The Trail Smelter arbitration occupies a strange place in international environmental law. It forms part of the canon of the discipline – indeed, it is generally regarded as a foundational case – and reference to it is ubiquitous. Yet there is little agreement on how its holding should be interpreted and applied, and its persuasive value is often called into question. Trail Smelter cannot be reconciled with international rules of state responsibility, and the principle for which it appears to stand, namely, that states can be liable for transboundary environmental damage in the absence of a breach of an international obligation, holds very dubious status in international law. International environmental disputes are very rarely litigated; instead, states have invested their efforts in the creation of often very elaborate legal and policy regimes, many of which contain their own internal mechanisms for implementation, compliance, and enforcement. These considerations tend to lead one to the conclusion that international environmental law has moved beyond the Trail Smelter arbitration.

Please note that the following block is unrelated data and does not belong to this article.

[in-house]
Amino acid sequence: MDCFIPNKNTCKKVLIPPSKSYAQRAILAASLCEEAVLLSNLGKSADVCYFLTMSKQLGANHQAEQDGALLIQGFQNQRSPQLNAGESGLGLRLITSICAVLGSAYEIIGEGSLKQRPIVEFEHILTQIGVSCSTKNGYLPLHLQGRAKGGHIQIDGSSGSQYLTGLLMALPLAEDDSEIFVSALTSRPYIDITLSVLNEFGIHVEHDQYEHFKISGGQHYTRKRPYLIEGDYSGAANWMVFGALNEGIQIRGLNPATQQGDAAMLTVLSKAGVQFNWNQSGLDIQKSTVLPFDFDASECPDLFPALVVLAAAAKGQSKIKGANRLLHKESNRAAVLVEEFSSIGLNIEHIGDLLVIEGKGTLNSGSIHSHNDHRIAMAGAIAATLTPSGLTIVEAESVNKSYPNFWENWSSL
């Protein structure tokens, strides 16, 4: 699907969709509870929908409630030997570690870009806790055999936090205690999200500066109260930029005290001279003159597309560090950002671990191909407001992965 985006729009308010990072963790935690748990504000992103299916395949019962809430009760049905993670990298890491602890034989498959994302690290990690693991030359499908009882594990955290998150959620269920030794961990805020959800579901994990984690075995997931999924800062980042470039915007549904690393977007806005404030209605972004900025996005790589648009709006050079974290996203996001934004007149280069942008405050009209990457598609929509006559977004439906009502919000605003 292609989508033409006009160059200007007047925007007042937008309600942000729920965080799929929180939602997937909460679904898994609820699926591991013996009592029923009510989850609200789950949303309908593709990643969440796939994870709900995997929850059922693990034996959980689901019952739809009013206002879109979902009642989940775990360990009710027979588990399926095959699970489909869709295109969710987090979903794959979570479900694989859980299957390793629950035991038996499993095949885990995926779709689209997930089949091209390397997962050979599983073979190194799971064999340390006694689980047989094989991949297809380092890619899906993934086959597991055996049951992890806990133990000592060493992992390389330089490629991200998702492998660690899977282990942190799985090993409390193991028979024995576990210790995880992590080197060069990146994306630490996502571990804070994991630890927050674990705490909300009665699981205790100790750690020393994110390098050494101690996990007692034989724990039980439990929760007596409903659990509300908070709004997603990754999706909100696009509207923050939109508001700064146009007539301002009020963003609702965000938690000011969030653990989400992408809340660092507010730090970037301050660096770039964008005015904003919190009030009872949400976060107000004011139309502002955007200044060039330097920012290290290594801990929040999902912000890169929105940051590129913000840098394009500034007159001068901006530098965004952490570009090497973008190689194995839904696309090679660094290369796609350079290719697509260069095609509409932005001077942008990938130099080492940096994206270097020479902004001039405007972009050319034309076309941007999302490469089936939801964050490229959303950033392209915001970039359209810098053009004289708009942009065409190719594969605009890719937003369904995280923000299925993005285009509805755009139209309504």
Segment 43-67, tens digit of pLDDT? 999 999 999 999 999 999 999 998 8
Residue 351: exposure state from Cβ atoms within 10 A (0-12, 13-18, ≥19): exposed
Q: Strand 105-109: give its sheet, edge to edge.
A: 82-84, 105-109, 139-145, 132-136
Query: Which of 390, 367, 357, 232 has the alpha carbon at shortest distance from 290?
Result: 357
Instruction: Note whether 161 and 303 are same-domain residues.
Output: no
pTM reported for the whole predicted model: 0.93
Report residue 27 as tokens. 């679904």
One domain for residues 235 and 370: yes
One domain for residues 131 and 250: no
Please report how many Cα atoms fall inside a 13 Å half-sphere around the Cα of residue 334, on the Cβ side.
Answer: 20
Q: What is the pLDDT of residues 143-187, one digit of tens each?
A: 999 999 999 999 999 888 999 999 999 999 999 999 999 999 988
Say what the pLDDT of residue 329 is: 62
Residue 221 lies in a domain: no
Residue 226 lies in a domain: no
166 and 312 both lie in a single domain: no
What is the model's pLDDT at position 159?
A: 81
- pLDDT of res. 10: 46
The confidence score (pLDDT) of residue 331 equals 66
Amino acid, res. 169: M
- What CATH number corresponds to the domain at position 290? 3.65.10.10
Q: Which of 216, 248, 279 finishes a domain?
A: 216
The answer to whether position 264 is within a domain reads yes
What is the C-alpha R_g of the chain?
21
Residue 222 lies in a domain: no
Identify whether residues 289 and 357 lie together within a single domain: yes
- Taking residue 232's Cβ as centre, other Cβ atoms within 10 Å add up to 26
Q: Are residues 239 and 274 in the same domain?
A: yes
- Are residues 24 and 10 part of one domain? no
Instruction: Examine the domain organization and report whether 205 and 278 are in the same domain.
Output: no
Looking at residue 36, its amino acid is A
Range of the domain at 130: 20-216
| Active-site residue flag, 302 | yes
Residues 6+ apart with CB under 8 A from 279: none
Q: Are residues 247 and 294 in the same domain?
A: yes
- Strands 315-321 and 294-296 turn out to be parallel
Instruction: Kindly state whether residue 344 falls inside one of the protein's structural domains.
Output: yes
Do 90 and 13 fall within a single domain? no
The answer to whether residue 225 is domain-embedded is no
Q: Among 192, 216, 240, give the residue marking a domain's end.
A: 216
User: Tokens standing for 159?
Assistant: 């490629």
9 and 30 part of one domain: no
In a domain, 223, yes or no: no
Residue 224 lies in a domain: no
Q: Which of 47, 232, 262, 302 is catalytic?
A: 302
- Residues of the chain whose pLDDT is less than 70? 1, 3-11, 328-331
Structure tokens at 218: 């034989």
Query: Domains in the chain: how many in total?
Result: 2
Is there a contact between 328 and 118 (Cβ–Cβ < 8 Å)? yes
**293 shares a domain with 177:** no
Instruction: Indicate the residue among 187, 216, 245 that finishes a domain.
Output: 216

Regardless of these difficulties, the influence of the case on subsequent developments in international environmental law is not far to seek. Principle 21 of the Stockholm Declaration, which has itself taken on almost mythical proportions, is generally regarded as a reflection or restatement of the Trail Smelter holding, and the case has been relied on heavily in the work of the International Law Commission (ILC) concerning liability for harm caused by acts not prohibited by international law.